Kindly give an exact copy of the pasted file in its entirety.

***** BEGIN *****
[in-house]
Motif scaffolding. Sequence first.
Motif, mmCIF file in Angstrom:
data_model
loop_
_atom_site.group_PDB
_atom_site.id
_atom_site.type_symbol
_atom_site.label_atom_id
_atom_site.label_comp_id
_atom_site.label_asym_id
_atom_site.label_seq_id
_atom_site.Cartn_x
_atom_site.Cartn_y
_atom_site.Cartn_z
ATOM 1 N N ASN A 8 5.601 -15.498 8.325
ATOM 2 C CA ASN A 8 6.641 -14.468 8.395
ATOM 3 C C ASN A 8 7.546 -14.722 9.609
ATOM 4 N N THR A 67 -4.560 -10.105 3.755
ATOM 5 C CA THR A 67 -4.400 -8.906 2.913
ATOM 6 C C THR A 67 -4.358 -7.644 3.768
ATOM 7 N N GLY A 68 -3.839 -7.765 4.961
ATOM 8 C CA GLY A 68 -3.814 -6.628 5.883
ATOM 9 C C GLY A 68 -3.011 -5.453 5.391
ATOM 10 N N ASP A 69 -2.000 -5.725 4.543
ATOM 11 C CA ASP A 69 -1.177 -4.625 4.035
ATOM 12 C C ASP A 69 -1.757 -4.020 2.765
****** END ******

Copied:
[in-house]
Motif scaffolding. Sequence first.
Motif, mmCIF file in Angstrom:
data_model
loop_
_atom_site.group_PDB
_atom_site.id
_atom_site.type_symbol
_atom_site.label_atom_id
_atom_site.label_comp_id
_atom_site.label_asym_id
_atom_site.label_seq_id
_atom_site.Cartn_x
_atom_site.Cartn_y
_atom_site.Cartn_z
ATOM 1 N N ASN A 8 5.601 -15.498 8.325
ATOM 2 C CA ASN A 8 6.641 -14.468 8.395
ATOM 3 C C ASN A 8 7.546 -14.722 9.609
ATOM 4 N N THR A 67 -4.560 -10.105 3.755
ATOM 5 C CA THR A 67 -4.400 -8.906 2.913
ATOM 6 C C THR A 67 -4.358 -7.644 3.768
ATOM 7 N N GLY A 68 -3.839 -7.765 4.961
ATOM 8 C CA GLY A 68 -3.814 -6.628 5.883
ATOM 9 C C GLY A 68 -3.011 -5.453 5.391
ATOM 10 N N ASP A 69 -2.000 -5.725 4.543
ATOM 11 C CA ASP A 69 -1.177 -4.625 4.035
ATOM 12 C C ASP A 69 -1.757 -4.020 2.765